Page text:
Major labels begin offering tracks as unrestricted MP3s


After years of selling digital music with restrictive copy-protection technology, major music labels are beginning to make some songs available as unrestricted MP3 files. “The releases are part of an experiment to gauge demand for tracks that can be played on any digital music player capable of playing MP3s,” reports the Associated Press. “Normally, copy-protected tracks are only playable on certain devices. By selling MP3s, recording companies can ensure they can be played on Apple’s market-leading iPod players without going through Apple’s iTunes Music Store.” The latest unrestricted MP3 tracks come from singer Norah Jones and rock band Relient K, both signed to labels operated by Britain’s EMI Music. Their songs went on sale for 99 cents each this week on Yahoo’s online music service.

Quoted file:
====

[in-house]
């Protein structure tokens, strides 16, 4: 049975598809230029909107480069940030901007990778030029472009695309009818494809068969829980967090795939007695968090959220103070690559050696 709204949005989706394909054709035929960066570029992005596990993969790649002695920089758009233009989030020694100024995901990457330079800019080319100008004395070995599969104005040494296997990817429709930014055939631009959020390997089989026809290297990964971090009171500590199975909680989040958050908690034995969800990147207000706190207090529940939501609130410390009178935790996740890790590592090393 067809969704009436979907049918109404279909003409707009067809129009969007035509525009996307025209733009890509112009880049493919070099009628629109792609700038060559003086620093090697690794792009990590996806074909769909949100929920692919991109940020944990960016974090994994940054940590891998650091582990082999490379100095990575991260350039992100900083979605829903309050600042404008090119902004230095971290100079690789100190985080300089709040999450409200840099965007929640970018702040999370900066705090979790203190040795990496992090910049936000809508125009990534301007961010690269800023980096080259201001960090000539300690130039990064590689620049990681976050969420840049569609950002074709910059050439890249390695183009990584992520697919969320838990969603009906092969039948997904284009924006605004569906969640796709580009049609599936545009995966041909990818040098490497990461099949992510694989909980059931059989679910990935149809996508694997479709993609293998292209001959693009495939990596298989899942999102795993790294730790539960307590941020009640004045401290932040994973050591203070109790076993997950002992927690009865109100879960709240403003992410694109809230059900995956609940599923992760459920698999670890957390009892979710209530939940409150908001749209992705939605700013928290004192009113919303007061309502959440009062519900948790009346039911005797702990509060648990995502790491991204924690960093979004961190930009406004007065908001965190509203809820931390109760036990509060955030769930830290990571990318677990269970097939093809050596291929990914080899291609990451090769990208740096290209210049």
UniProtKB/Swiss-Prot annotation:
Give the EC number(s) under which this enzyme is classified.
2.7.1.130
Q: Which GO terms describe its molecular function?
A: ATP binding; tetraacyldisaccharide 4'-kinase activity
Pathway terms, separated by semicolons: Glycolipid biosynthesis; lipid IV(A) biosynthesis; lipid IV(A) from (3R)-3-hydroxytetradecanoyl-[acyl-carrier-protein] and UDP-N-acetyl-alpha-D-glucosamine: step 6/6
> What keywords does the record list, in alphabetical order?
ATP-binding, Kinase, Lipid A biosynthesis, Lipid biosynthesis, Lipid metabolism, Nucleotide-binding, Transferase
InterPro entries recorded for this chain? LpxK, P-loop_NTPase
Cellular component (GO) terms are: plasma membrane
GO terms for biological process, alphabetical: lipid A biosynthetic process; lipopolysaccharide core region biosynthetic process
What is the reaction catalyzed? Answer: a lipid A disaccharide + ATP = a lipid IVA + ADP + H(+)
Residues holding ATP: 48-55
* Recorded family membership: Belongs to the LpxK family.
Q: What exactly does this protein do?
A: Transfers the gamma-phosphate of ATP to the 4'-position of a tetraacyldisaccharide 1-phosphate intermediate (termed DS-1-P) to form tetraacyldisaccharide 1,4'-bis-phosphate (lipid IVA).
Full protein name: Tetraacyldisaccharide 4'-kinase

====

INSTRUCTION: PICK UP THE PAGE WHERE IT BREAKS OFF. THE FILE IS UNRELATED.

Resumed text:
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LC Angell

LC Angell was a senior editor at iLounge. Angell is known for her work on various aspects of the Apple ecosystem, including iPhone, iPad, and iPod. In his role at iLounge, Angell was responsible for a wide range of editorial content, including reviews, buyer's guides, news, and features.